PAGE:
This court has long recognized the right of parties to a note to agree on the amount of attorney's fees, by providing that the same shall be fixed at a reasonable amount.[2] a definite percentage of the amount recovered, or a specific amount.[3]

In the instant case Arizona Savings sought judgment for attorneys' fees in an amount more than the minimum of three per cent and slightly less than the maximum of four per cent. The denial of Elson that the amount alleged as reasonable in Arizona Savings's complaint put this question at issue to be determined by the court. In Crouch v. Pixler, 83 Ariz. 310, 320 P.2d 943, we stated:

"* * * the courts generally hold that to justify a finding of reasonable attorney's fees there must be evidence in support of such finding. * * * "We therefore hold that where an action is brought upon a written contract as in the present case, which provides that the defaulting party agrees to pay reasonable attorney's fees without specifying the amount, that it is error for the court to fix the amount of attorney's fees or submit the issue to a jury in the absence of proof determining what is a reasonable fee." 83 Ariz. at 315, 320 P.2d at 946.

The agreement in the instant case which provided for a reasonable sum not less than three per cent nor more than four per cent was indefinite as to the exact amount between three and four per cent which would be reasonable. Under the holding of this court in Crouch v. Pixler, supra, evidence was required to determine the amount of a reasonable attorney's fee.

There is also the question raised by Elson's answer, which denies any attorneys' fees over a thousand dollars is reasonable, as to whether the court, in fixing the attorney's fees, should fix it within the limits of three to four per cent. In the case of Owens v. Conelly, supra, we said:

"By Assignment No. 3 it is claimed that the note is usurious because it contains this clause: "`In case counsel is employed I agree to pay as counsel fees an amount equal to 10% of the amount found to be due at the date of collection.' * * * * * * *222 "We quote from Citizens Nat. Bank of Orange, Va. v. Waugh [4 cir.], 78 F.2d 325, 329, 100 A.L.R. 939: "`We come, then, to the question as to whether the provision for a 10 per cent. attorney's fee for collection in case of default in the payment of a promissory note is to be condemned as contrary to the policy of the law; and we think that this question, nothing else appearing, must be answered in the negative. Of course, if it should appear that a particular provision were used as a mere cloak for usury or that the provision were for so large an amount or were of such a character as to show an intention to provide a mere penalty for non-payment, a different question would be presented, and it might well be condemned as in conflict with the well-settled policy of the law. But, where the provision is reasonable in amount and legal services are required and are actually rendered in the collection of the instrument, we can think of no consideration of public policy which should condemn it. * * *'" 77 Ariz. at 354, 272 P.2d at 348.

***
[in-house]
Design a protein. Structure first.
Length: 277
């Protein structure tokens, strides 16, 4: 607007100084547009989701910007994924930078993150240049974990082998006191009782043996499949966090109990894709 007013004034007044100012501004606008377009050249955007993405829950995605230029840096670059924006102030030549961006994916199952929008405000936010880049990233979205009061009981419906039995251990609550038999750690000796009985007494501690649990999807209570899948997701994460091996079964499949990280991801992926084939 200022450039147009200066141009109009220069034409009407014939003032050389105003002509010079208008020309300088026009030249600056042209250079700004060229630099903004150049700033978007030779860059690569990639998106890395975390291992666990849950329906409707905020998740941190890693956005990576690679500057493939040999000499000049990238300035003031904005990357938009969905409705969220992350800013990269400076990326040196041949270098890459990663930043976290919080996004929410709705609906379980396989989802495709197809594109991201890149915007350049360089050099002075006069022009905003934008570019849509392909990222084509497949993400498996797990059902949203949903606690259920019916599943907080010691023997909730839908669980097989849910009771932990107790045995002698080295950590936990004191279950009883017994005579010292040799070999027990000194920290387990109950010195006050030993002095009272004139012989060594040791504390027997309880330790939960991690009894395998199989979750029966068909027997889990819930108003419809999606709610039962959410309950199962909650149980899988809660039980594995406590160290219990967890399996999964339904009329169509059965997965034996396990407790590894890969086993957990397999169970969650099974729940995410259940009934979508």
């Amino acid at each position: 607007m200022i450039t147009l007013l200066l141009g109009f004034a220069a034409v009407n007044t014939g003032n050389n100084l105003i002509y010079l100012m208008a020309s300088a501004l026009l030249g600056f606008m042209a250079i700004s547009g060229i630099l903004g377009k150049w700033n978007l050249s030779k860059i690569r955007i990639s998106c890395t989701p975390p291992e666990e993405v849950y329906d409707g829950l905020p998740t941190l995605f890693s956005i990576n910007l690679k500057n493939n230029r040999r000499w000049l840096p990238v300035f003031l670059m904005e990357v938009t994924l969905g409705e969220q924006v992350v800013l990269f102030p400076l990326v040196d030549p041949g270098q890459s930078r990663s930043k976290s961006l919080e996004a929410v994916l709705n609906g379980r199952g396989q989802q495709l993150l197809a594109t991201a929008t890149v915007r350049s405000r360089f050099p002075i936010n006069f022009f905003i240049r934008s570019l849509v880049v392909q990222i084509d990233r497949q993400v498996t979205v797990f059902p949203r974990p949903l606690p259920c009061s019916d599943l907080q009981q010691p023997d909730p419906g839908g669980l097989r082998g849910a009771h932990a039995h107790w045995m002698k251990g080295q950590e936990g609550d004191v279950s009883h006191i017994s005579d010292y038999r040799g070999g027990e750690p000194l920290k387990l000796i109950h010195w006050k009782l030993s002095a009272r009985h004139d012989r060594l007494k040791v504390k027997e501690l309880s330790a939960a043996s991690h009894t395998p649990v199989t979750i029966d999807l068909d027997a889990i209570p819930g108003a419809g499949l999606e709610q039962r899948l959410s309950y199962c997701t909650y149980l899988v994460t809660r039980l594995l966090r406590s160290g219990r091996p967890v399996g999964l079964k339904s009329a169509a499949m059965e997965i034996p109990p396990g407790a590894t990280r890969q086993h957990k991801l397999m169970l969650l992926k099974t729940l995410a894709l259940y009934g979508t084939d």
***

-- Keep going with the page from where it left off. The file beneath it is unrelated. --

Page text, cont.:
The case of Citizens National Bank of Orange, Virginia v. Waugh, 4 Cir., 78 F.2d 325, 100 A.L.R. 939, from which we quoted with favor in the Owens case, supra, also passed upon the question in the instant case, as follows:

"In the light of these decisions and the overwhelming weight of authority in the state courts, we hold the rule to be (1) that a provision in a promissory note for the payment of attorneys' fees for services actually rendered in collection is not to be condemned as contrary to public policy, if reasonable in amount and not used as a cloak for usury or other forbidden transaction; (2) that such a provision is enforced as a contract of indemnity and the amount stipulated therein is not absolutely binding on the parties or on the court, but will be enforced to the extent that it provides for a reasonable attorneys' fee for services actually rendered in accordance with its terms; and (3) that, where services have been rendered and the amount stipulated is not obviously excessive, the stipulation as to the amount should govern." 78 F.2d at 331.

While one line of authorities holds that the amount stipulated in the note is valid and binding in regard to attorney's fees, there is another line of cases holding that while they are valid they are nevertheless enforceable only to the extent that the amount stipulated is reasonable.[4]

*223 We are of the opinion that the better rule is set forth in Citizens Nat. Bank of Orange, Va. v. Waugh, supra that a provision in regard to a definite amount of attorney's fees, or a per cent of the amount found due on a note for attorney's fees, is binding only to the extent that it is reasonable; however, where the services have been rendered, and the amount stipulated is not obviously excessive, the stipulation as to the amount should govern. When as in the instant case the reasonableness of the amount is denied, then the court must from evidence and the record determine and fix a reasonable amount for the attorney's fees.

We hold that, in the instant case as to the three per cent stipulated in the agreement, it is not absolutely binding on the parties, or on the court, and the stipulation of three to four per cent as reasonable attorney's fees is binding only in the amount that the court finds to be reasonable from evidence.

Elson next contends "that a genuine issue of fact to be tried existed by reason of the allegation * * * of the complaint * * *, that the mortgaged premises had been abandoned by Appellant and the denial in * * * the answer * * *, that the mortgaged premises had been abandoned." The Arizona revised statutes, as amended in 1963, provide, in part: